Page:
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Press Conference by the Chief Cabinet Secretary

Monday, December 2, 2013 (AM)

Press Conference by the Chief Cabinet Secretary (Excerpt)

[Provisional Translation]


  • The issue related to the special intelligence protection bill
  • The issue related to the Air Defense Identification Zone established by China
  • The issue related to the relocation of Futenma Air Station

REPORTER: I have a question regarding the statement made by Secretary-General Ishiba of the Liberal Democratic Party (LDP). Secretary-General Ishiba caused a stir by writing in his blog that the civic demonstrations against the special intelligence protection bill were tantamount to terrorism. He has subsequently retracted the statement. His statement has also come under criticism from the opposition parties. While I believe you have already been asked about this at the Diet, could you please once again share your thoughts or anything else regarding this matter?

CHIEF CABINET SECRETARY SUGA: Firstly, the Government would like to refrain from commenting on each and every statement made by senior members of the ruling parties. On that note, I will say that Secretary-General Ishiba has already retracted part of the statement so as not to cause misunderstanding. He has attempted to fully explain what he really meant by that statement, and therefore, the Government will say nothing more about this. However, with regard to demonstrations, the Government considers that demonstrations naturally represent freedom of speech, provided they are conducted within the scope of laws and ordinances.  

REPORTER: If I may confirm, are you saying that the view of the Government is that demonstrations themselves naturally do not constitute terrorism?

CHIEF CABINET SECRETARY SUGA: Demonstrations that are conducted within the scope of the provisions of laws and ordinances are a natural part of freedom of speech.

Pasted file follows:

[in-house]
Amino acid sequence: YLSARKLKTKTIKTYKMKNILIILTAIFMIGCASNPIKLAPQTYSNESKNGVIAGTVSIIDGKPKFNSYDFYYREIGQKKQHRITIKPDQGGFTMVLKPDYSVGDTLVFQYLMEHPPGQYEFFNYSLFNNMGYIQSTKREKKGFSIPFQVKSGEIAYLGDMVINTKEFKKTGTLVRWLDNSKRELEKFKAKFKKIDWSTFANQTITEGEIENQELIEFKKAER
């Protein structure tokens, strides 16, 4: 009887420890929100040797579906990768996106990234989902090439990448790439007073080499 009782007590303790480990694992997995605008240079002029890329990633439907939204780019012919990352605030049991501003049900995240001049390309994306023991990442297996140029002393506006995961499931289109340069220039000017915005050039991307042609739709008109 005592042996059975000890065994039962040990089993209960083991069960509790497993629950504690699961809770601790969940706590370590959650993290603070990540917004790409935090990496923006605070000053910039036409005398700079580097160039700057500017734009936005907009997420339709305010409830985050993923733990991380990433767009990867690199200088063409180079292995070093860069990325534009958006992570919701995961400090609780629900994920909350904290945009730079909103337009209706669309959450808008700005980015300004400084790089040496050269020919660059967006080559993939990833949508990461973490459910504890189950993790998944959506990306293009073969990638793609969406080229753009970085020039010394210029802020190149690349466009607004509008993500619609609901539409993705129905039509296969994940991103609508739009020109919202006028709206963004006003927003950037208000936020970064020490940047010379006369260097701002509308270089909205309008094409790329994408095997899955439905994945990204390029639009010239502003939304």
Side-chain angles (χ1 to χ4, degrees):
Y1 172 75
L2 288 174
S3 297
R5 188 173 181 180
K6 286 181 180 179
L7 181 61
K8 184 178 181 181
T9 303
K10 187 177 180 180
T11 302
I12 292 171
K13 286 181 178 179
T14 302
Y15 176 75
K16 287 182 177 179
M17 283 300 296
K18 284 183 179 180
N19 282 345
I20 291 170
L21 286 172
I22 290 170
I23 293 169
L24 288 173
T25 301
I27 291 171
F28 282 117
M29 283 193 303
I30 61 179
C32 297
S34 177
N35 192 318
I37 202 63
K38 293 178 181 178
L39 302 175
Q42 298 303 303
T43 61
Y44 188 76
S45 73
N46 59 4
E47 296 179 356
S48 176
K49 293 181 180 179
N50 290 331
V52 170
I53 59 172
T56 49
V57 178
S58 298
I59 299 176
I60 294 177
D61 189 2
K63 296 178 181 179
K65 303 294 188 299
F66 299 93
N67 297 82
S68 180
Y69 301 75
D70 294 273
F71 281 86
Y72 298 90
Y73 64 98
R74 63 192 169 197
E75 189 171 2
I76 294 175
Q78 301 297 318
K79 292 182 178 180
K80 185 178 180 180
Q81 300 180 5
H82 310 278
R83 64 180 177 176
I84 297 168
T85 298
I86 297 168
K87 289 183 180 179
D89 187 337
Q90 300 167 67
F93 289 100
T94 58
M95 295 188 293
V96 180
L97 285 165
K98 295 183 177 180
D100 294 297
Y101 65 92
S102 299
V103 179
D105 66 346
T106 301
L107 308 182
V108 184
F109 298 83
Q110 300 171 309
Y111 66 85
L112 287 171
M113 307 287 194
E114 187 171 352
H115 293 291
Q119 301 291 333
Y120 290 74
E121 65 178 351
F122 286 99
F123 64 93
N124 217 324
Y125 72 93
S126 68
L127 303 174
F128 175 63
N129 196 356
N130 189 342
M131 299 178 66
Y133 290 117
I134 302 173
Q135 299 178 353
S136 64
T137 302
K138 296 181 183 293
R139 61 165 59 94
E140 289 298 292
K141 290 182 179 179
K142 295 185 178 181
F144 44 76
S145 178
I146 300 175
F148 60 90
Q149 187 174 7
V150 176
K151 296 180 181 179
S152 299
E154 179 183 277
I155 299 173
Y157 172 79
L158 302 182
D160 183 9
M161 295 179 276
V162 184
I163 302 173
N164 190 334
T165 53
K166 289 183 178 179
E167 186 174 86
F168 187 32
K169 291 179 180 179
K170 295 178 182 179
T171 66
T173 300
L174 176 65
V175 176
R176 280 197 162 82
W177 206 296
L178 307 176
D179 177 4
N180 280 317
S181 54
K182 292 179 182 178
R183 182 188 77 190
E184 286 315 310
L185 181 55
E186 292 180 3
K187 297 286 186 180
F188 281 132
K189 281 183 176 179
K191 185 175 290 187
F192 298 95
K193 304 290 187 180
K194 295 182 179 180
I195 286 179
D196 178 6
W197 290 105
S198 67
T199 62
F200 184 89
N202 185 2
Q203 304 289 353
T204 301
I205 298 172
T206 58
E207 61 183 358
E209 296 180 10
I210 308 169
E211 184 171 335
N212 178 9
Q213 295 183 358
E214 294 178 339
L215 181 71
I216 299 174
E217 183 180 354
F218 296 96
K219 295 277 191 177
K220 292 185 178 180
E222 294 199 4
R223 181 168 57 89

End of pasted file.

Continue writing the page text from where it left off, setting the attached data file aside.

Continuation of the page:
REPORTER: Sorry, I have one more question. With regard to this matter, opposition parties have criticized the statement and have called for thorough discussions during the Diet deliberations of the special intelligence protection bill. This has raised some concerns about delays in the Diet schedule. How does the Government view this situation? 

CHIEF CABINET SECRETARY SUGA: From the standpoint of the Government, we would like to see the passage of bills that were submitted during the current session of the Diet.


REPORTER: Regarding China's Air Defense Identification Zone (ADIZ), the U.S. Government has issued a comment expecting that U.S. carriers will comply with notices issued by other countries. On the other hand, Japan has requested Japanese carriers not to inform China of their flight plans, when carriers fly through the ADIZ that has been newly established by China. It seems that there is a difference in policy between the two allies. Can you please comment on this as well as tell us how Japan will be responding? 

CHIEF CABINET SECRETARY SUGA: I would like to be clear on this. The U.S. Government is deeply concerned about the ADIZ that has currently been established by China and does not accept China's requirements for operating in the ADIZ. The United States has made this position clear. Also, I am aware that there is no truth to the reports that the U.S. Government instructed U.S. private carriers to submit flight plans in accordance with Notices to Airmen (NOTAMs) based on the ADIZ in question. The Japanese Government will continue to work in close coordination and consultation with the U.S. Government. Furthermore, from today, Vice President Biden will be visiting Japan. Therefore, taking advantage of this opportunity, Japan will continue to work closely with the United States.    

REPORTER: I have a related question. The Japanese Government has urged Japanese carriers to exercise self-restraint with regard to the submission of flight plans. Does the Government have no intention to change its stance or its response?